And most importantly, endless quantities of nomad noms?

Free nomadic food at the 2016 World Nomad Games - Are the 2018 World Nomad Games worth the trip? - Lost With Purpose

We were invited into this yurt to come check out the food… which all turned out to be free!

How about event venues in jailoos, soaring alpine pastures, surrounded by mountains?

Yurt camp in a jailoo at the World Nomad Games in Kyrgyzstan - Lost With Purpose

This will do just fine.

Or sports arenas on the shores of one of the largest lakes in the world?

Lake Issyk Kul - Are the 2018 World Nomad Games worth the trip? - Lost With Purpose

As will this.

No, your television does not count.

3. The World Nomad Games are cheap. 

It seems a bit odd that such a big event would be so cheap to see, but that’s the truth!

To start, there’s the fact that in 2016 the World Nomad Games were free to attend. Yes, free!

The free shuttle at the 2016 World Nomad Games in Kyrgyzstan - Are the 2018 World Nomad Games worth the trip? - Lost With Purpose

The free shuttle

The only events you needed tickets for were the opening and closing ceremonies. Everything else was ticket-free. There was a free shuttle system to the major venues, and people were all too happy to treat you to all kinds of delicious (and usually free) goodies in the cultural camp.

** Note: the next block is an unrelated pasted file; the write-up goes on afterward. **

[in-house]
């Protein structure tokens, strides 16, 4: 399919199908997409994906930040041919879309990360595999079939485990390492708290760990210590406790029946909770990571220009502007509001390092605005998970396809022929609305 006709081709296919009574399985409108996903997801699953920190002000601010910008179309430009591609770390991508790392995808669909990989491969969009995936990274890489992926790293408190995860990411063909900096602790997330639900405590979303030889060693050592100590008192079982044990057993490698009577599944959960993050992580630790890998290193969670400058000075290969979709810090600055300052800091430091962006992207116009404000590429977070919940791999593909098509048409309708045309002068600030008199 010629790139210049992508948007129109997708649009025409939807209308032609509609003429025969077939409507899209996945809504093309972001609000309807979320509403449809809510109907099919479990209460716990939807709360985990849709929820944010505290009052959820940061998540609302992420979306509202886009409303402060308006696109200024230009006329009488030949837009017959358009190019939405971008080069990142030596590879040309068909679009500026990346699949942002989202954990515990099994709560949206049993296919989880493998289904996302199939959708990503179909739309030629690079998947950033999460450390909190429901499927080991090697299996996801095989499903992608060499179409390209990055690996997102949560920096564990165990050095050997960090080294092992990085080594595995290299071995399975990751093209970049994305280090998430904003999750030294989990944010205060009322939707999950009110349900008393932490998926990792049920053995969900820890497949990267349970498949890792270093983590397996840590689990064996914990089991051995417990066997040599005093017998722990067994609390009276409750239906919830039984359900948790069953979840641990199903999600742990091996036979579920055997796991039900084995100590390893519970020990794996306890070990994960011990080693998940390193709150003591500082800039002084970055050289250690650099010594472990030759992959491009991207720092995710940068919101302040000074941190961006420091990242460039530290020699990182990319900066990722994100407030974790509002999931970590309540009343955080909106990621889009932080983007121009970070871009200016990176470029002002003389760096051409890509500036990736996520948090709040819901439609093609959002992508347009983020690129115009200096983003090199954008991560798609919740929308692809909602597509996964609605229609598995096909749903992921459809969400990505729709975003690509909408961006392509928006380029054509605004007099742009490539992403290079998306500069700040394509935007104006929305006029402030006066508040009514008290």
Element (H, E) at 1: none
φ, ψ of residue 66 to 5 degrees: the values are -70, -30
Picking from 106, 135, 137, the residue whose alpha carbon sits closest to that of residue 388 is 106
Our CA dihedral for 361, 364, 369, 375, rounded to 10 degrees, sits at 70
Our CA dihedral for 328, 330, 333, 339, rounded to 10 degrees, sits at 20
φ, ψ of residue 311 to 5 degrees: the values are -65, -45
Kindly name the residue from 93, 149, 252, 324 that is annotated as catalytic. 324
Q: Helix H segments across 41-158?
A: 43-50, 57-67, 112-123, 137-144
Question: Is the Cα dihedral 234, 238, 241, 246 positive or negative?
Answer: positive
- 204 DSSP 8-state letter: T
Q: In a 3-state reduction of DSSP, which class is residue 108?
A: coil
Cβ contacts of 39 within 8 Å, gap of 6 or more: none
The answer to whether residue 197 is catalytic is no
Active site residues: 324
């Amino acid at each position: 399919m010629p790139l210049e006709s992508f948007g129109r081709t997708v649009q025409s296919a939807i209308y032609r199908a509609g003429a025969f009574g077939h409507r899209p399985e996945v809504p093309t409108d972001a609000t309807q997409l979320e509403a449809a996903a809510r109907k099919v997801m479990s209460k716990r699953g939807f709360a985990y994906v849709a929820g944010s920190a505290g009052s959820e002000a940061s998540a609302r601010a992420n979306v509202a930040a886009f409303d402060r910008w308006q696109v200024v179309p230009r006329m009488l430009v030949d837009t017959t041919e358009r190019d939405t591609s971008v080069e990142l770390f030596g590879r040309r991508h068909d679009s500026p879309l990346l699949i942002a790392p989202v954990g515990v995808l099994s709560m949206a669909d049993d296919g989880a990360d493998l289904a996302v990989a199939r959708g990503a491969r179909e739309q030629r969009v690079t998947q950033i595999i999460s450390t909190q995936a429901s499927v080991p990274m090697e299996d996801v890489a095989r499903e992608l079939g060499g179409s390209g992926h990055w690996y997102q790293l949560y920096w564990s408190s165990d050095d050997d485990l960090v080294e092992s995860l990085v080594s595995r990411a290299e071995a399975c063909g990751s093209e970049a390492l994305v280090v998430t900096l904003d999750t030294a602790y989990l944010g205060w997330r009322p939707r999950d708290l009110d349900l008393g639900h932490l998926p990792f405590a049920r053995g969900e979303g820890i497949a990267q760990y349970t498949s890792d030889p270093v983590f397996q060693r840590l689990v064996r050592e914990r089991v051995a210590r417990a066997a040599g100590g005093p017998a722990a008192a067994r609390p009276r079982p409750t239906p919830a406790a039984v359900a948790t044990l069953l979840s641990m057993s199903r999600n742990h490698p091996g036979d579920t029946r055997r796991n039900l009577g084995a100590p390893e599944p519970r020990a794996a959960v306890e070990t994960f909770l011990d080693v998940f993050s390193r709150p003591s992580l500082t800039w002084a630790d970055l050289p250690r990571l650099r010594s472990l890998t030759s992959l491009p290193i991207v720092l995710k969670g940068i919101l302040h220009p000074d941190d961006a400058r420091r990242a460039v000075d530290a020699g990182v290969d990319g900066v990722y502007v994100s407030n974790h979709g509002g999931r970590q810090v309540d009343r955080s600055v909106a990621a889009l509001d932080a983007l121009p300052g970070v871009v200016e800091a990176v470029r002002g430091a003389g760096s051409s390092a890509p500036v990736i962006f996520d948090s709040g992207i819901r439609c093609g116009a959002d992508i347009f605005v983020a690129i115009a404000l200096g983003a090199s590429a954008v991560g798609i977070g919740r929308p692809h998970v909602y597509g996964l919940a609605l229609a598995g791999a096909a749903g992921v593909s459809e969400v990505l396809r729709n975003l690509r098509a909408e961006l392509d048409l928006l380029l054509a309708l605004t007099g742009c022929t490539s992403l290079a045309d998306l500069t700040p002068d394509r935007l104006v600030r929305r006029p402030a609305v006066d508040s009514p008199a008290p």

Free homemade plov at the 2016 World Nomad Games - Are the 2018 World Nomad Games worth the trip? - Lost With Purpose

Free plov, made right there on the spot!

On top of that, Central Asia is a relatively cheap place to travel in for both backpackers and traditional holiday goers. You can have…

Don’t believe us? Our budget report for Kyrgyzstan is proof.

4. The 2018 World Nomad Games are guaranteed to be better than ever before.

At the 2016 World Nomad Games there were yellow-clad volunteers galore, ensuring attendees had as smooth an experience as possible. They spoke a variety of languages, from English to Russian to Kyrgyz to French, were happy to show people around (and translate!), and were well informed about the schedule… when possible.